A main focus of mathematical modeling in biochemistry and plant science has been on the construction of kinetic models where metabolic states are simulated based on the knowledge about network topology, stoichiometry, rate equations and kinetic parameters. Typically, a system of ordinary differential equations (ODEs) is used to describe the time-dependent changes in state variables, _{M}) or inhibitory constants (K_{i}) are lacking. This enforces the application of parameter estimation to calculate parameter values which are either completely unknown or can be estimated within numerical bounds based on published data on a different condition or organism. Indeed, such assumptions cause uncertainties, which have to be discussed carefully when interpreting the model output. However, although there might be several uncertainties with respect to regulatory instances involved in every single reaction of metabolism, numerous studies have proven kinetic modeling to be a promising approach to comprehensively analyze complex processes in plant biology. An overview of applications is given by Schallau and Junker [

In contrast to kinetic modeling, the approach of structural modeling is based on the idea of constructing models without kinetic information. This modeling approach refers only to the stoichiometry of the reactions within the system which is summarized in the stoichiometric matrix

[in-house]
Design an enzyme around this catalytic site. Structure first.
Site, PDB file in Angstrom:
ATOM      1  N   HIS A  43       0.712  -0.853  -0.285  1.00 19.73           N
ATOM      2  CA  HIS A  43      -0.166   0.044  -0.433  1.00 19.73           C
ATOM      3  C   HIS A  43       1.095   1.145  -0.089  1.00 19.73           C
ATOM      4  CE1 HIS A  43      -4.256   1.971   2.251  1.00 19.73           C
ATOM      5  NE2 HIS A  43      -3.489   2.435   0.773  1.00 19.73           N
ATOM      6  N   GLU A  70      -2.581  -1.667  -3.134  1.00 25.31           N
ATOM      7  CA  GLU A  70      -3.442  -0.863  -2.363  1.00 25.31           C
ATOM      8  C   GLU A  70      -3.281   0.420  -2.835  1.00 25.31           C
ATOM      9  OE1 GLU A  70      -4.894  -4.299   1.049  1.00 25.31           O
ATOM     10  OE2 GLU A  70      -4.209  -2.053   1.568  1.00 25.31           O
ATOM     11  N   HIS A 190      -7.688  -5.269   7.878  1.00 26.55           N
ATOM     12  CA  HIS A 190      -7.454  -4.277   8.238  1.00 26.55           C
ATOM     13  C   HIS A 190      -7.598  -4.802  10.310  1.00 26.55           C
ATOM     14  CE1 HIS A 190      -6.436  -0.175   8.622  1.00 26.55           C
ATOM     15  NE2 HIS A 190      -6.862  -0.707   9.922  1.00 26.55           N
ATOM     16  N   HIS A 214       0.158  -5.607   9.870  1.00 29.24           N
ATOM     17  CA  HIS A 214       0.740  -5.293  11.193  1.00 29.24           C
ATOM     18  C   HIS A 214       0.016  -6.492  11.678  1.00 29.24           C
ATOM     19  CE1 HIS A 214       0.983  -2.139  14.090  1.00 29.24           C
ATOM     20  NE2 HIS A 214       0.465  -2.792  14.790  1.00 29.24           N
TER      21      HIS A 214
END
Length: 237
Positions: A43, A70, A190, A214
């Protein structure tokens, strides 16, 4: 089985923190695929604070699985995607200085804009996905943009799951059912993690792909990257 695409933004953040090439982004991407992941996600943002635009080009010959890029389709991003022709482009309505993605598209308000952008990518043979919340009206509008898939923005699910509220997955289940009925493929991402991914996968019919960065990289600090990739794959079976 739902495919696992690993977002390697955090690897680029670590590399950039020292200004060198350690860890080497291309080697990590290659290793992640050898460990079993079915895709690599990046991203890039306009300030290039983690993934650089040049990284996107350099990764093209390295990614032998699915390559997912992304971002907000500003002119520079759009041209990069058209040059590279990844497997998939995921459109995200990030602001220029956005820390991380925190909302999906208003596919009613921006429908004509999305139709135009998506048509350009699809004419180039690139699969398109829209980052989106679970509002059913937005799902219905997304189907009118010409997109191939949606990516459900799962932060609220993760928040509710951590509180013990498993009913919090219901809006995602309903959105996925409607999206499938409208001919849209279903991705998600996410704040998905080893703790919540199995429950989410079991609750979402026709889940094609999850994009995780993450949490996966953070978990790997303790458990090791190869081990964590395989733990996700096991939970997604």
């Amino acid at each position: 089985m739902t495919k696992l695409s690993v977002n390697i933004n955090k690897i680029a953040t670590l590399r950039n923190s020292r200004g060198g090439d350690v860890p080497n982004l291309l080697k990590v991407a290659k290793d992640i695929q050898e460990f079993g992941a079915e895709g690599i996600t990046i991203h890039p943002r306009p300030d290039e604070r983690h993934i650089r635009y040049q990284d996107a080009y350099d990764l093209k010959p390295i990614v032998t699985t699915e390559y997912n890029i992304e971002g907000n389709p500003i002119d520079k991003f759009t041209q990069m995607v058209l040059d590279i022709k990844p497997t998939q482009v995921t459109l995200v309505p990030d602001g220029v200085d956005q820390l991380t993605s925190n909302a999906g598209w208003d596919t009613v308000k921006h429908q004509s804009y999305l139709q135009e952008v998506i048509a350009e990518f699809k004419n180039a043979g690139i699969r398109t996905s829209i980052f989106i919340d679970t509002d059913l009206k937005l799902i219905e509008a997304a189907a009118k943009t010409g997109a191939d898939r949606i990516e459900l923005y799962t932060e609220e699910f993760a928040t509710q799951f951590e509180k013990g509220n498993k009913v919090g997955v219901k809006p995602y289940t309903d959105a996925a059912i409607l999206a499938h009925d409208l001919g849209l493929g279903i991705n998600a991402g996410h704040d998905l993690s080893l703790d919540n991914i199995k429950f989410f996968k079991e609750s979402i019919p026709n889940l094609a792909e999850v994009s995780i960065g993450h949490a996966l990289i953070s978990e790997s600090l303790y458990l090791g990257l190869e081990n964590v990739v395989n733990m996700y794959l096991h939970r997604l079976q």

where

Focusing now again on the complexity of plant-environment interactions and the variability of stress responses in natural accessions of

The mathematical analysis of plant metabolism first of all relies on the representation by a model, which is constructed based on information on biochemical pathways and the interaction of pathway components gained from numerous previous experimental studies. Typically, the first step of model construction consists of a graphical representation of the pathway or network of interest. In case of a kinetic model of metabolism, this may result in a map, which connects nodes by lines. Every node now represents a metabolite and every line describes a metabolite interconversion, _{M}, and the maximum enzyme activity v_{max}. This process is crucial for the successful modeling approach as all further steps of mathematical analysis rely on these assumptions: if the interaction between two network components is described by equations or parameters which do not agree with confirmed experimental results, validation of simulation results by experimental data is not reliable anymore and the model becomes unfeasible. Although a vast number of metabolic interactions have intensively been characterized and many underlying laws of interaction are well known, like for example the Michaelis-Menten kinetics, deriving the most realistic model structure of a metabolic network becomes difficult when assumptions about simplification have to be made. This is frequently the case for kinetic models, based on systems of ODEs, which are intended to provide an insight into the dynamics of metabolism. These dynamics are predominantly nonlinear and model systems are often characterized by a high-dimensional parameter space. Kinetic parameters, characterizing substrate affinity (K_{M}) or inhibition (K_{i}), are often not directly accessible to experimental measurements. In addition to the everlasting question how results of